Gardening On The Semi Cheap…

As I’ve stated many times, I’m a blog addict.  I read all types of blogs, cooking, gardening, decorating, wildlife, etc.. A common theme I’ve been seeing on a few gardening blogs is how cheap it is to grow your own food.  Maybe I’m completely off when I say, I disagree with that.  There are many times I have said it would be cheaper to just go buy these vegetables, but I enjoy gardening that for me it’s more for the effects my garden has on me than a monetary issue.

A successful garden takes work and money, how much of both is entirely up to each individual.  For instance, if you just want a couple patio tomato plants that’s inexpensive and easy enough to manage.  Buy a container (or even use a bucket (clean, not used to store chemicals or other toxic ickiness) with some dirt and you are in business.  Give it some water, sun and a little food and you will get yourself some beautiful tomatoes.  As your garden grows so does the effort and expense.  There are ways to cut down your expenses like sharing seeds with a friend or two, repurposing containers or even getting them for free from some bakeries, wait to purchase gardening items on sale (end of the season most stores offer huge discounts on gardening supplies that they want to get rid of), be mindful of what you are planting by reading the seed packets for information or looking online to help you grow the seeds with the best results,  and keep your garden to a manageable size.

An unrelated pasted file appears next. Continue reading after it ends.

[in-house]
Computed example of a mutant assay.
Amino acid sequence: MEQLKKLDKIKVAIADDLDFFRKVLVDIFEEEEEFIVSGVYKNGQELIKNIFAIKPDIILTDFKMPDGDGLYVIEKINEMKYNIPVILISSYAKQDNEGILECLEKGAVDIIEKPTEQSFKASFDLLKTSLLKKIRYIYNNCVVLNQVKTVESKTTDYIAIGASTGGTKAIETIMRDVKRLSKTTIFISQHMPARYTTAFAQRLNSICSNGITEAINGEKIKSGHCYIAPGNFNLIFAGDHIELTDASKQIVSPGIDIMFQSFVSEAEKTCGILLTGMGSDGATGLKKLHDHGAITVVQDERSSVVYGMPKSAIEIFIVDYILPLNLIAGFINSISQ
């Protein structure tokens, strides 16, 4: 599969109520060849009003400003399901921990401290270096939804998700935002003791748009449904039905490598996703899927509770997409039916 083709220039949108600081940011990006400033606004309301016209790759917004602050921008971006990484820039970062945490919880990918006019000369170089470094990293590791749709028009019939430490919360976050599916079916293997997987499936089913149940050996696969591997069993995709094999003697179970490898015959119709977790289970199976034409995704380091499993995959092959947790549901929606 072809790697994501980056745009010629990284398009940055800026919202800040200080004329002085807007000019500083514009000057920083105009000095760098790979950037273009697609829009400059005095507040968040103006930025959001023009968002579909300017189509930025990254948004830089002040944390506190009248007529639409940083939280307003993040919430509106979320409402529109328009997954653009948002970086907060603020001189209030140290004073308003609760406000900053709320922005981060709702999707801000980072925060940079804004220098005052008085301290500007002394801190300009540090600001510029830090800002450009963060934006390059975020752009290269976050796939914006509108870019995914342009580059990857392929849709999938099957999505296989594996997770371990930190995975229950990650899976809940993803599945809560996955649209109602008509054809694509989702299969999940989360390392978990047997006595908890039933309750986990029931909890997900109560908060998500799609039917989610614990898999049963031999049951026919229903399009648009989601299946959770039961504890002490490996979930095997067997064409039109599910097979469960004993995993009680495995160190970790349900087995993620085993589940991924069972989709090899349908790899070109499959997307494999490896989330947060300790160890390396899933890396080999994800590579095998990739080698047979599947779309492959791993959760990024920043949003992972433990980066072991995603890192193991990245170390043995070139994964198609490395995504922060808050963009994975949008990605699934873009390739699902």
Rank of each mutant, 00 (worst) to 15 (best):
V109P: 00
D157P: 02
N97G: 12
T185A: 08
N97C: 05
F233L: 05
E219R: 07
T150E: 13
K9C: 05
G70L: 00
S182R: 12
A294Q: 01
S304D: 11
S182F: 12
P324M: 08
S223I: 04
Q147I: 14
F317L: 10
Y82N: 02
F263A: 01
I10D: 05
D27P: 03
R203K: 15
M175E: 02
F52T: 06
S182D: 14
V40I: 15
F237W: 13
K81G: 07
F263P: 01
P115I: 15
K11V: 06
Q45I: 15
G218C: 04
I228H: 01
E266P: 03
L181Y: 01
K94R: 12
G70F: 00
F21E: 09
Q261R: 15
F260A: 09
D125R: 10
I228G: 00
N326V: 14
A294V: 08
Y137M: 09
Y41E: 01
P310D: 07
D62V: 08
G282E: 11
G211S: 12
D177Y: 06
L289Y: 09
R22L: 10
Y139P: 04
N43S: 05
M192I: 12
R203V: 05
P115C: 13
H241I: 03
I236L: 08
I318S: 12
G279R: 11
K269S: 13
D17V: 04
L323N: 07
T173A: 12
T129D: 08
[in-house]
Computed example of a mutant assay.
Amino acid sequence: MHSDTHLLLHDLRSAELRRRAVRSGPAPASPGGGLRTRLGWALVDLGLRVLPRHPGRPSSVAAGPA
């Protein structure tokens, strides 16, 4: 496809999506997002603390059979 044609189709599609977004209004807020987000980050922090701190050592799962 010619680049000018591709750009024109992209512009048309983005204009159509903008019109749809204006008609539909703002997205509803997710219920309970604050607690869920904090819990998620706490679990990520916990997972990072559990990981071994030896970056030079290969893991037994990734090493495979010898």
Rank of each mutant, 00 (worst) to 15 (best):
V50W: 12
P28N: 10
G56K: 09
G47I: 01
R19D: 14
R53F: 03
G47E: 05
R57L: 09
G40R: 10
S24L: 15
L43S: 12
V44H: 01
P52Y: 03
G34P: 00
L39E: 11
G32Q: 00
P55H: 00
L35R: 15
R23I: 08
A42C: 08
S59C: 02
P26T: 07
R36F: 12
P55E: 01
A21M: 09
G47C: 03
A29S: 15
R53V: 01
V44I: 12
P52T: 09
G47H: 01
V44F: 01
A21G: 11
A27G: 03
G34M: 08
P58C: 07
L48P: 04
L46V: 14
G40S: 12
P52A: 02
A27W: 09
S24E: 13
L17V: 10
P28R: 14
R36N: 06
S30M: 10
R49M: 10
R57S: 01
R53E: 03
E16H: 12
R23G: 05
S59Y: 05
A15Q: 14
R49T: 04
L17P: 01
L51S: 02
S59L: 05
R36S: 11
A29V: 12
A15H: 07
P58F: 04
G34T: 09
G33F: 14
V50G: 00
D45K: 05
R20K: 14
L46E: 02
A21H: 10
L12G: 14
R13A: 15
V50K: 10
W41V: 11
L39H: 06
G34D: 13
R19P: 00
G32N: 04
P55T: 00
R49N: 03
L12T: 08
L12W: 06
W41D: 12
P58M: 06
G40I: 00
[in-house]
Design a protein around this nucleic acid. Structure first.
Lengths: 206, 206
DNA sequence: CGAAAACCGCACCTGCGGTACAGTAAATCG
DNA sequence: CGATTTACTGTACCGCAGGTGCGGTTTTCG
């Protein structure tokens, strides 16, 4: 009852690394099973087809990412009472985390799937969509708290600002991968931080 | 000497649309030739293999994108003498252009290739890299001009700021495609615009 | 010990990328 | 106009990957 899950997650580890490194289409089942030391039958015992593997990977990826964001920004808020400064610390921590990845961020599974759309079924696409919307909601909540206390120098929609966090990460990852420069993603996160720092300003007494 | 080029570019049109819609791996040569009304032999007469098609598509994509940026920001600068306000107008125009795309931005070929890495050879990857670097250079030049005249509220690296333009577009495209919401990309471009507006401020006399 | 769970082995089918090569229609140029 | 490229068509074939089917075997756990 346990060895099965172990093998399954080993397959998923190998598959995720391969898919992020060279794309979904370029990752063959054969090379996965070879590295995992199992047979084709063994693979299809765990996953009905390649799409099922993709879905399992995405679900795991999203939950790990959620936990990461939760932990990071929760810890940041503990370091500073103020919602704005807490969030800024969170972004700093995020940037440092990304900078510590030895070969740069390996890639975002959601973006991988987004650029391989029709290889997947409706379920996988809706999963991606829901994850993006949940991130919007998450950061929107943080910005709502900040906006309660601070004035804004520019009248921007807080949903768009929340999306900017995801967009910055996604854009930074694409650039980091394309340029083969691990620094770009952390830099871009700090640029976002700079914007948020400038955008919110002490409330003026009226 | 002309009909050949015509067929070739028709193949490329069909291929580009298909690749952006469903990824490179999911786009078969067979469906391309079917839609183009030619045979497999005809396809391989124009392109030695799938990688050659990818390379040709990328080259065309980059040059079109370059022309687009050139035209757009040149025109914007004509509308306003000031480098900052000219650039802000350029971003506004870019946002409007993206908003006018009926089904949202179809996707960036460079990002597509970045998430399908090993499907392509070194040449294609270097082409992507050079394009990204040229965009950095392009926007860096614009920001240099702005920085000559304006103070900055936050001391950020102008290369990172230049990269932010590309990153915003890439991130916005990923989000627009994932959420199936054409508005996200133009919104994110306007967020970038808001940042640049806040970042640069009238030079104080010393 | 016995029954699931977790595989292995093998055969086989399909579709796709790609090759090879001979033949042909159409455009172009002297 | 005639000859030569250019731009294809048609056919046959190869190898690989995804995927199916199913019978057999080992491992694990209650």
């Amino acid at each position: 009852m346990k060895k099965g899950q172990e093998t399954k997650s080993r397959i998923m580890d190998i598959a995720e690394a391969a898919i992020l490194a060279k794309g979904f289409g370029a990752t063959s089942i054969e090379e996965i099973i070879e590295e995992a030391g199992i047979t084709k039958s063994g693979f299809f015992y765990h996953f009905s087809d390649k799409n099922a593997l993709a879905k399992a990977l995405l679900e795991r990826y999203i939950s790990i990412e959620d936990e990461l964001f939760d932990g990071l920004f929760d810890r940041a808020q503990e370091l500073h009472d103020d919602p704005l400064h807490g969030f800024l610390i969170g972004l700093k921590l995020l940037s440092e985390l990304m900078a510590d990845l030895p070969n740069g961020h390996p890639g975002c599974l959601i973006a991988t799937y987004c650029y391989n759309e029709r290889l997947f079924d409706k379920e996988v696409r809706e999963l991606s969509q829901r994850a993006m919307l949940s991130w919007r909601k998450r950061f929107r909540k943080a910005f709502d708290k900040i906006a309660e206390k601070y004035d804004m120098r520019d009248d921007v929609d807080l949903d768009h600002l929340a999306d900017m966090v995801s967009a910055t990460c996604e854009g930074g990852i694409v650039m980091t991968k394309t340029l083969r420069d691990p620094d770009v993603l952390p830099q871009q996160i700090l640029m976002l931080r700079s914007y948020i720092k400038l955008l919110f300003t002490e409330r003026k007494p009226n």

Seed packets normally have more seeds than any one person can use, so sharing with one or two other people is a simple route that is easy to do.  You could also coordinate with a neighbor and each grow certain items that you share with the other.  Cuts down on the amount of seeds you need to purchase.

Some garden stores will offer their old containers from trees or plants that they no longer need either free or at a very minimal charge.  They aren’t fancy, usually the black or green plastic, but they will get the job done for less money than the fancy pots.  Bakeries are another option to find containers for growing, they usually have the 5 gallon buckets that frosting and such comes, again usually for free or a very small charge.

Waiting for the sales, seems like a no brainer idea, however, sometimes when you are in the moment and you are all motivated to grow a garden you might over buy and wind up with items you don’t need or could have found at a much less price.  End of season is a great time to buy more expensive items because stores want to make room for the holiday items so they markdown like crazy.  Garden beds, seeds, tools and sometimes when you are lucky, dirt.